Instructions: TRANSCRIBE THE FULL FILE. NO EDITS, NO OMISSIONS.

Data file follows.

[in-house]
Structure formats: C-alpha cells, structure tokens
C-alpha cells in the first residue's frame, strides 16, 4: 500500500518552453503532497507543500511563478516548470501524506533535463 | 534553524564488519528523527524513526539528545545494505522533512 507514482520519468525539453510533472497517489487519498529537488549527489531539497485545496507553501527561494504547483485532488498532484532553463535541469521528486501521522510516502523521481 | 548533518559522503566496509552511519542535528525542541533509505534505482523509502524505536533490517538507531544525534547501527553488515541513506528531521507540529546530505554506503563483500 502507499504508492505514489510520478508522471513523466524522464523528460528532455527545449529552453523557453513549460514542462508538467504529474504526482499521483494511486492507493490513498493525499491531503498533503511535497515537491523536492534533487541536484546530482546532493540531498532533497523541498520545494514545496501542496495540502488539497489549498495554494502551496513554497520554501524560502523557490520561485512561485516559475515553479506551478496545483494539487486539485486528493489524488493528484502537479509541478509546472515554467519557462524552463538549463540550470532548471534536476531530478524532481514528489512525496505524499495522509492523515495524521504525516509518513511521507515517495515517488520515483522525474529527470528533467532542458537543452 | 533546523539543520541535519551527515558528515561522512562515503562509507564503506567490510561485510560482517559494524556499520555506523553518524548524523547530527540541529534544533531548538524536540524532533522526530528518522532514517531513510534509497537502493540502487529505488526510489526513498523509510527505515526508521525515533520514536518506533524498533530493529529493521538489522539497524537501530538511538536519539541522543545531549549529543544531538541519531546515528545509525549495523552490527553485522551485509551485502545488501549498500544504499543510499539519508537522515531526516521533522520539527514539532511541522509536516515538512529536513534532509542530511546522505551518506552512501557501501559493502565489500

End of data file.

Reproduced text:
[in-house]
Structure formats: C-alpha cells, structure tokens
C-alpha cells in the first residue's frame, strides 16, 4: 500500500518552453503532497507543500511563478516548470501524506533535463 | 534553524564488519528523527524513526539528545545494505522533512 507514482520519468525539453510533472497517489487519498529537488549527489531539497485545496507553501527561494504547483485532488498532484532553463535541469521528486501521522510516502523521481 | 548533518559522503566496509552511519542535528525542541533509505534505482523509502524505536533490517538507531544525534547501527553488515541513506528531521507540529546530505554506503563483500 502507499504508492505514489510520478508522471513523466524522464523528460528532455527545449529552453523557453513549460514542462508538467504529474504526482499521483494511486492507493490513498493525499491531503498533503511535497515537491523536492534533487541536484546530482546532493540531498532533497523541498520545494514545496501542496495540502488539497489549498495554494502551496513554497520554501524560502523557490520561485512561485516559475515553479506551478496545483494539487486539485486528493489524488493528484502537479509541478509546472515554467519557462524552463538549463540550470532548471534536476531530478524532481514528489512525496505524499495522509492523515495524521504525516509518513511521507515517495515517488520515483522525474529527470528533467532542458537543452 | 533546523539543520541535519551527515558528515561522512562515503562509507564503506567490510561485510560482517559494524556499520555506523553518524548524523547530527540541529534544533531548538524536540524532533522526530528518522532514517531513510534509497537502493540502487529505488526510489526513498523509510527505515526508521525515533520514536518506533524498533530493529529493521538489522539497524537501530538511538536519539541522543545531549549529543544531538541519531546515528545509525549495523552490527553485522551485509551485502545488501549498500544504499543510499539519508537522515531526516521533522520539527514539532511541522509536516515538512529536513534532509542530511546522505551518506552512501557501501559493502565489500